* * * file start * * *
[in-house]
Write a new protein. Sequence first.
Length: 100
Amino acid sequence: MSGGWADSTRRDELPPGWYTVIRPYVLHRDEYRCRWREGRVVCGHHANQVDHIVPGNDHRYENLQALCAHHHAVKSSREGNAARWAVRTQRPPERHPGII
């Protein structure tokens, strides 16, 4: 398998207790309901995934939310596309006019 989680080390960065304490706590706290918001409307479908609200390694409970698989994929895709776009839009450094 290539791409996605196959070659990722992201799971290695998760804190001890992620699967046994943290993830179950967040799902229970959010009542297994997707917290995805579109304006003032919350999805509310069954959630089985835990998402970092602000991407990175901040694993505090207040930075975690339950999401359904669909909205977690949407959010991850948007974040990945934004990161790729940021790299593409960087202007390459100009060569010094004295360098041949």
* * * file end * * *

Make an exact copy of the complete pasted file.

[in-house]
Write a new protein. Sequence first.
Length: 100
Amino acid sequence: MSGGWADSTRRDELPPGWYTVIRPYVLHRDEYRCRWREGRVVCGHHANQVDHIVPGNDHRYENLQALCAHHHAVKSSREGNAARWAVRTQRPPERHPGII
């Protein structure tokens, strides 16, 4: 398998207790309901995934939310596309006019 989680080390960065304490706590706290918001409307479908609200390694409970698989994929895709776009839009450094 290539791409996605196959070659990722992201799971290695998760804190001890992620699967046994943290993830179950967040799902229970959010009542297994997707917290995805579109304006003032919350999805509310069954959630089985835990998402970092602000991407990175901040694993505090207040930075975690339950999401359904669909909205977690949407959010991850948007974040990945934004990161790729940021790299593409960087202007390459100009060569010094004295360098041949």